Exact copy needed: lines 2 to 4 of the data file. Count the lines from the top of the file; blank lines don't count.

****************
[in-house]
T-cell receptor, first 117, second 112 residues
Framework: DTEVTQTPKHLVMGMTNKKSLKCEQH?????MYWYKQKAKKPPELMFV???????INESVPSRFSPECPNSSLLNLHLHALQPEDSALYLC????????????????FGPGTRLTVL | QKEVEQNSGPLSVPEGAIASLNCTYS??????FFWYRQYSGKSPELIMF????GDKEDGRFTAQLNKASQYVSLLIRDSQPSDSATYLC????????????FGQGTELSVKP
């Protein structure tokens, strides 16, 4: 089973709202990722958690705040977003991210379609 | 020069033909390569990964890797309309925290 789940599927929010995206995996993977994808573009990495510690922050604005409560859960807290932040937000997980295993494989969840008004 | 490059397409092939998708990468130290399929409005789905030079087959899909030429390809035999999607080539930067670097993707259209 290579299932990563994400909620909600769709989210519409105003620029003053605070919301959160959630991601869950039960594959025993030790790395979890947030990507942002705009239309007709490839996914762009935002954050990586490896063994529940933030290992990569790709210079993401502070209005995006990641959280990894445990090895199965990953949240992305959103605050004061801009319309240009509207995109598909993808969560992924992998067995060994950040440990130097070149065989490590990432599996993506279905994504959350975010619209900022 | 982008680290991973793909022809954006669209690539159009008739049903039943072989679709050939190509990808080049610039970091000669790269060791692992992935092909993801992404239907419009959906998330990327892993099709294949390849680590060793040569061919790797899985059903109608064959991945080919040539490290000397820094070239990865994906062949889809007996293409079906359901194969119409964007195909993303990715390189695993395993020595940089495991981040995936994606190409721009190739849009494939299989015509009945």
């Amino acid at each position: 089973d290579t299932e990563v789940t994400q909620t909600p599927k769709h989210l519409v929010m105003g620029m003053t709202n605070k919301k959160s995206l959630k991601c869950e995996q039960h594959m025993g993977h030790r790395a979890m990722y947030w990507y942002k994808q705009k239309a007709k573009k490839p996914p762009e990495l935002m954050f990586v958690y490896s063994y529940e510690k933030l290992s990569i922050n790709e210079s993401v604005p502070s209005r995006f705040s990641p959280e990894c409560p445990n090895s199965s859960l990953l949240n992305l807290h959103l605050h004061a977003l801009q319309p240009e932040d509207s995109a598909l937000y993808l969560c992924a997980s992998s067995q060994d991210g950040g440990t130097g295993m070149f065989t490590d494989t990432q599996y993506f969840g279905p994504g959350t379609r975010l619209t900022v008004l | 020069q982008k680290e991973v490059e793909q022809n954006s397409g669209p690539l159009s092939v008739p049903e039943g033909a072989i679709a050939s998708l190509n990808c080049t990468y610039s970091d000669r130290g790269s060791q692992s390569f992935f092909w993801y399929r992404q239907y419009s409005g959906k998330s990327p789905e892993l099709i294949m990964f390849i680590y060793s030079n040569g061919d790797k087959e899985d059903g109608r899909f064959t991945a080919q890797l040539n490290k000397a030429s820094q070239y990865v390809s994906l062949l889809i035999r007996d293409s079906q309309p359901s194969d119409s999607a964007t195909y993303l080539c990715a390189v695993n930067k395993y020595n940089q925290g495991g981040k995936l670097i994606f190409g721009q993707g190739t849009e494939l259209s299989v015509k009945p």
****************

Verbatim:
T-cell receptor, first 117, second 112 residues
Framework: DTEVTQTPKHLVMGMTNKKSLKCEQH?????MYWYKQKAKKPPELMFV???????INESVPSRFSPECPNSSLLNLHLHALQPEDSALYLC????????????????FGPGTRLTVL | QKEVEQNSGPLSVPEGAIASLNCTYS??????FFWYRQYSGKSPELIMF????GDKEDGRFTAQLNKASQYVSLLIRDSQPSDSATYLC????????????FGQGTELSVKP
């Protein structure tokens, strides 16, 4: 089973709202990722958690705040977003991210379609 | 020069033909390569990964890797309309925290 789940599927929010995206995996993977994808573009990495510690922050604005409560859960807290932040937000997980295993494989969840008004 | 490059397409092939998708990468130290399929409005789905030079087959899909030429390809035999999607080539930067670097993707259209 290579299932990563994400909620909600769709989210519409105003620029003053605070919301959160959630991601869950039960594959025993030790790395979890947030990507942002705009239309007709490839996914762009935002954050990586490896063994529940933030290992990569790709210079993401502070209005995006990641959280990894445990090895199965990953949240992305959103605050004061801009319309240009509207995109598909993808969560992924992998067995060994950040440990130097070149065989490590990432599996993506279905994504959350975010619209900022 | 982008680290991973793909022809954006669209690539159009008739049903039943072989679709050939190509990808080049610039970091000669790269060791692992992935092909993801992404239907419009959906998330990327892993099709294949390849680590060793040569061919790797899985059903109608064959991945080919040539490290000397820094070239990865994906062949889809007996293409079906359901194969119409964007195909993303990715390189695993395993020595940089495991981040995936994606190409721009190739849009494939299989015509009945």